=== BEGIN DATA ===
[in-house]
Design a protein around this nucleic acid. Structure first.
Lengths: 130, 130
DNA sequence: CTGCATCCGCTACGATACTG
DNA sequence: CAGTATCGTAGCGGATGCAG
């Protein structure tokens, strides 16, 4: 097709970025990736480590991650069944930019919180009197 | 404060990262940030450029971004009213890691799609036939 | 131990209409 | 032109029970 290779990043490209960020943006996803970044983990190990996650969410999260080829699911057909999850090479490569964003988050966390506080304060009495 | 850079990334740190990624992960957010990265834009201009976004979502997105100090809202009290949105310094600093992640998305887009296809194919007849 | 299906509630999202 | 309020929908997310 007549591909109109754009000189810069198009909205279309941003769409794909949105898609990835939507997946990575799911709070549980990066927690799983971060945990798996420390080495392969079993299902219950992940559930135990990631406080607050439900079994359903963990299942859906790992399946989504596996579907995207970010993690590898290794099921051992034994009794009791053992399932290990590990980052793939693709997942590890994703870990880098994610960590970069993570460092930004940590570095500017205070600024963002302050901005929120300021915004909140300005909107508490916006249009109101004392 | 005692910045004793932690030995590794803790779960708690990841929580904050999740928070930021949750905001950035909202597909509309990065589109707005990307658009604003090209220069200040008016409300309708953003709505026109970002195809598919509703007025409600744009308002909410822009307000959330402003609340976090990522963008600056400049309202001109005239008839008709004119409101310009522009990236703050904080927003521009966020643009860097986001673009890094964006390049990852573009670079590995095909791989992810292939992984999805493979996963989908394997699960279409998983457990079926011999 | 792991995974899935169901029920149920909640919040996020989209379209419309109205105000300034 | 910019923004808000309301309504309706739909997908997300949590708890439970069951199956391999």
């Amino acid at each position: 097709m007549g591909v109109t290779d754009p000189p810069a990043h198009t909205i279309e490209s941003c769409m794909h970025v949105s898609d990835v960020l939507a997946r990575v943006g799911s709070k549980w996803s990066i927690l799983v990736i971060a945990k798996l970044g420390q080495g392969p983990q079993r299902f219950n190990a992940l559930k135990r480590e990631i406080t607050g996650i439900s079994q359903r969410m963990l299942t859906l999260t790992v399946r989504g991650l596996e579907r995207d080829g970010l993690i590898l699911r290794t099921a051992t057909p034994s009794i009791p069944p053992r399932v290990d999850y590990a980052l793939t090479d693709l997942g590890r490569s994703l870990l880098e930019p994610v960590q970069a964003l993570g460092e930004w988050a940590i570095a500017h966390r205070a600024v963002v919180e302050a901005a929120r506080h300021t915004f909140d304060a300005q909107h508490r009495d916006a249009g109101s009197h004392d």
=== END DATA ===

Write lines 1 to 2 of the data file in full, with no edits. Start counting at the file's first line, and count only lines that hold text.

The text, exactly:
[in-house]
Design a protein around this nucleic acid. Structure first.